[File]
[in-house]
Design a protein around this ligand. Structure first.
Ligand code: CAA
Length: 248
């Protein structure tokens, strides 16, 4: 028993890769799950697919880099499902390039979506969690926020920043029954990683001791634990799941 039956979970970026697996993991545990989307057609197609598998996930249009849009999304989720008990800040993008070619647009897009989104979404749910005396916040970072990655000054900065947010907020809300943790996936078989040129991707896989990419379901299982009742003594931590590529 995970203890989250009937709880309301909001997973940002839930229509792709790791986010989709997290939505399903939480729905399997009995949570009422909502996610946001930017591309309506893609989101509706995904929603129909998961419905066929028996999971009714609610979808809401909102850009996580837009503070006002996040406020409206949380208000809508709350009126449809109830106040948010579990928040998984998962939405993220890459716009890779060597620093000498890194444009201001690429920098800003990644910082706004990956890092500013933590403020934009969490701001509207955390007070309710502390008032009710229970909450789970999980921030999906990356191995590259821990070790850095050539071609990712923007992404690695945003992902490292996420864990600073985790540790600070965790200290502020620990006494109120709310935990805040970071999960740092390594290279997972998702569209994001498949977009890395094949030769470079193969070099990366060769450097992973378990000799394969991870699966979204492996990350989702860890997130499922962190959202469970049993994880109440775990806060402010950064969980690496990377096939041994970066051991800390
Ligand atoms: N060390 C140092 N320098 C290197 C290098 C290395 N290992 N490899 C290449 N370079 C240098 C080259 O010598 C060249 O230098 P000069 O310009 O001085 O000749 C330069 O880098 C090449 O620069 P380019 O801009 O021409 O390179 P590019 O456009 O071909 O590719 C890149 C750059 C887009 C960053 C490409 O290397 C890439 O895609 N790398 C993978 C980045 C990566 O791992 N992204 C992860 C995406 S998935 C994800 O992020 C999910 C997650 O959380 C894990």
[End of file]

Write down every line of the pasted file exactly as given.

[in-house]
Design a protein around this ligand. Structure first.
Ligand code: CAA
Length: 248
């Protein structure tokens, strides 16, 4: 028993890769799950697919880099499902390039979506969690926020920043029954990683001791634990799941 039956979970970026697996993991545990989307057609197609598998996930249009849009999304989720008990800040993008070619647009897009989104979404749910005396916040970072990655000054900065947010907020809300943790996936078989040129991707896989990419379901299982009742003594931590590529 995970203890989250009937709880309301909001997973940002839930229509792709790791986010989709997290939505399903939480729905399997009995949570009422909502996610946001930017591309309506893609989101509706995904929603129909998961419905066929028996999971009714609610979808809401909102850009996580837009503070006002996040406020409206949380208000809508709350009126449809109830106040948010579990928040998984998962939405993220890459716009890779060597620093000498890194444009201001690429920098800003990644910082706004990956890092500013933590403020934009969490701001509207955390007070309710502390008032009710229970909450789970999980921030999906990356191995590259821990070790850095050539071609990712923007992404690695945003992902490292996420864990600073985790540790600070965790200290502020620990006494109120709310935990805040970071999960740092390594290279997972998702569209994001498949977009890395094949030769470079193969070099990366060769450097992973378990000799394969991870699966979204492996990350989702860890997130499922962190959202469970049993994880109440775990806060402010950064969980690496990377096939041994970066051991800390
Ligand atoms: N060390 C140092 N320098 C290197 C290098 C290395 N290992 N490899 C290449 N370079 C240098 C080259 O010598 C060249 O230098 P000069 O310009 O001085 O000749 C330069 O880098 C090449 O620069 P380019 O801009 O021409 O390179 P590019 O456009 O071909 O590719 C890149 C750059 C887009 C960053 C490409 O290397 C890439 O895609 N790398 C993978 C980045 C990566 O791992 N992204 C992860 C995406 S998935 C994800 O992020 C999910 C997650 O959380 C894990």